And here we pause in our narrative to ask pardon for giving so few items in our sketch of special interest in the history of our younger sister. The will has not been wanting, but the ability to procure them. In fact, though, the commercial history of either side of our common harbor is so closely identified with that of the other that at no time do we find the trade of one flourishing while that of the other is languishing. The same causes have always operated to produce like results, and the differences, always slight, have been in degree and not in kind. Much of the improvement which from time to time has been witnessed on the Norfolk side has been brought about by the energy and enterprise of those whose roof-trees found root on the other side, while on the other hand Norfolk capitalists have sought to promote their own interests by making improvements on the Portsmouth side. And this spirit of a common interest in our one harbor is the one that must be fostered until every feeling of petty jealousy and rivalry is stamped out lest it retard our mutual prosperity and the general good.
In November, 1838, we find held in Norfolk for four days one of those assemblies gathered from different sections of our own and neighboring States in the interest of Direct Trade, Agriculture and Internal Improvements—composed, too, of the best talent of the land —from which we have so often hoped, even against hope, for big results. It may be that from the seed so sown slowly but surely a rich crop is maturing whose fruit shall be a consummation commensurate with our highest cravings, but the lesson of the past seems too surely to indicate that their proceedings consist mostly of good resolutions, that are made only to be read, admired and forgotten or recalled at some subsequent meeting.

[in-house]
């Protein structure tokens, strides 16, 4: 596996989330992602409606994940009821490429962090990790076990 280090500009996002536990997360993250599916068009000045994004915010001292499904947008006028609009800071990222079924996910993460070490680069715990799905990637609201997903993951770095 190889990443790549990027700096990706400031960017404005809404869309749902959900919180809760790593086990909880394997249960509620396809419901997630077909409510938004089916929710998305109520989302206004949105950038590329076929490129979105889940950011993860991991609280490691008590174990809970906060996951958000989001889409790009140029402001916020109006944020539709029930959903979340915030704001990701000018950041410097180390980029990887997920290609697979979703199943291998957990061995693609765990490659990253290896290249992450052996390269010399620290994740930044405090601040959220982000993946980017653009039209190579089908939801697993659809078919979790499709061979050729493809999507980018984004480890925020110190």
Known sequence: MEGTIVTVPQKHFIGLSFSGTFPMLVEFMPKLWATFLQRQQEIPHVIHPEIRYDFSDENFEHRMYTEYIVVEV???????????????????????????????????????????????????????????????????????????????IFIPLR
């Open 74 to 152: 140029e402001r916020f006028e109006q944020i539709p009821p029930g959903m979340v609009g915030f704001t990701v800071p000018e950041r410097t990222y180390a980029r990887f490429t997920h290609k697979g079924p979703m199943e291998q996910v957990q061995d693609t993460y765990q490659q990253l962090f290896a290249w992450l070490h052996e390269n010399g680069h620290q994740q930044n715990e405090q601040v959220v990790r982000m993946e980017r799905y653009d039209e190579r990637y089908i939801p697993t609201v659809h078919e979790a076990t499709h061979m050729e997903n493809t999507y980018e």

If resolutions and rhetorical flourishes could have built a city the shores of the Elizabeth River would have teemed today with a thriving population extending from the railroad bridge over the Southern Branch to its broad mouth at Seawell's Point. We do not mean to discourage these meetings that bring our people in friendly contact with their fellow-countrymen— who should be their neighbors indeed—but we can but look with sincere regret at the little actual good that our citizens have ever reaped from these golden opportunities. Has it been willful neglect, or a mistaken sense of self-satisfied ease, that declined an effort to pluck the fruit so  near at hand as unworthy the dignity of citizens of the great metropolis in embryo?
We have already mentioned incidentally that the first intimation of that great desideratum—as yet, unfortunately for the health and happiness of our people, unrealized—a park, came up in 1810, when the matter of filling up the creeks and marshes for the purposes of a public square was discussed. It appears from the records that this discussion actually  resulted in the filling up of the cove between Bank street and the southern terminus of Cumberland street, enclosing and ornamenting it with shade trees and, further, giving it the high-sounding title of the "Public Square."